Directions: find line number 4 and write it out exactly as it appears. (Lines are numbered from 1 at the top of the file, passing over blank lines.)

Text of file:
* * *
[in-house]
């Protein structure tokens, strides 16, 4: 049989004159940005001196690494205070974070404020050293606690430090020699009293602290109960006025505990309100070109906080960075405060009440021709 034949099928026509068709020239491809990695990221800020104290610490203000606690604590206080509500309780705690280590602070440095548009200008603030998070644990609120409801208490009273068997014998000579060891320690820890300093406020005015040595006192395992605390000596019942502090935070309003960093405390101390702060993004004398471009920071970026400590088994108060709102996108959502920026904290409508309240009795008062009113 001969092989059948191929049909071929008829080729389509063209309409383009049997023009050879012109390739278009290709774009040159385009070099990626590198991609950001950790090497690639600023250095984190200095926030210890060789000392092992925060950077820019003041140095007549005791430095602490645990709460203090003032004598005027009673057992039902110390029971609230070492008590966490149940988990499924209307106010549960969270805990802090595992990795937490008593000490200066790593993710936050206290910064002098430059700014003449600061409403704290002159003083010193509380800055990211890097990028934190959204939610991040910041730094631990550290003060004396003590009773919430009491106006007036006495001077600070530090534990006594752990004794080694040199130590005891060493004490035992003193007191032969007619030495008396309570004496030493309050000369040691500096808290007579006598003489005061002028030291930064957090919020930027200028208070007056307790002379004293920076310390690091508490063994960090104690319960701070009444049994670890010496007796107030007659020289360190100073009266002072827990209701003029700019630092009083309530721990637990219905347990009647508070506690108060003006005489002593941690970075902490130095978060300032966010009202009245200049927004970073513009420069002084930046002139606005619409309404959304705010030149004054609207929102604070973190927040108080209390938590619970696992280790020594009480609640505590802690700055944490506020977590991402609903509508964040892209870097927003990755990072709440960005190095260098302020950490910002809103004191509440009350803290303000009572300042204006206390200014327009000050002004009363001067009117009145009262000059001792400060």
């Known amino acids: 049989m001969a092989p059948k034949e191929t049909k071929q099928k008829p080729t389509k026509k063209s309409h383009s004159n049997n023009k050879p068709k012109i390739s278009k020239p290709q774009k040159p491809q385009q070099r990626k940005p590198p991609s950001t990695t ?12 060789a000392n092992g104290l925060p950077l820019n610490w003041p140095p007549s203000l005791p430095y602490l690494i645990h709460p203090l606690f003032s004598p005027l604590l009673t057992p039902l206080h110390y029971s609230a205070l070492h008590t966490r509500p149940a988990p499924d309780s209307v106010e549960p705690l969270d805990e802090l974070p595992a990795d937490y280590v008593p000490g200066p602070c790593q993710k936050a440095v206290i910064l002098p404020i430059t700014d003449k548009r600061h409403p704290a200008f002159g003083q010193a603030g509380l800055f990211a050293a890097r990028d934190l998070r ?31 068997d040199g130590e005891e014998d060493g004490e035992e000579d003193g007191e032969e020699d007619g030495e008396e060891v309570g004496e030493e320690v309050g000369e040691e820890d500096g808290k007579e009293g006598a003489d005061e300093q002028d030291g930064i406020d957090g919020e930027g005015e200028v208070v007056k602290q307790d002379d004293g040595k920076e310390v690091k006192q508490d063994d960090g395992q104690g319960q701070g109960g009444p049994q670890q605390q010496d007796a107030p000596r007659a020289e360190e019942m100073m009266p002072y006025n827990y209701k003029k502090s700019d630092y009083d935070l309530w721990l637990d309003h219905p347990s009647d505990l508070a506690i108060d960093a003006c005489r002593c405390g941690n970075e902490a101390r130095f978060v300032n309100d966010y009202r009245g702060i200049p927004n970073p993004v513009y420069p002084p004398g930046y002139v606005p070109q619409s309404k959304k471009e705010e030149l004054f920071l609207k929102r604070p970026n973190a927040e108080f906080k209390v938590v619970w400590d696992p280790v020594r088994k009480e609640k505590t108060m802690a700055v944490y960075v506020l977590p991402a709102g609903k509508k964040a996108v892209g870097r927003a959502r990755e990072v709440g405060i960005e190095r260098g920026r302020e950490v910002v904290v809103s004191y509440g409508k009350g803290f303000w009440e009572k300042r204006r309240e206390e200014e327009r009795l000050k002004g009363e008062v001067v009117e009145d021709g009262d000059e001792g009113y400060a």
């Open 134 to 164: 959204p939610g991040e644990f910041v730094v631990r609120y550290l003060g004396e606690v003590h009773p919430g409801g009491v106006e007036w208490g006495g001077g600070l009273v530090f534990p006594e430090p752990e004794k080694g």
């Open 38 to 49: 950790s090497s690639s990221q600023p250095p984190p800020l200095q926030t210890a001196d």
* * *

């Open 134 to 164: 959204p939610g991040e644990f910041v730094v631990r609120y550290l003060g004396e606690v003590h009773p919430g409801g009491v106006e007036w208490g006495g001077g600070l009273v530090f534990p006594e430090p752990e004794k080694g």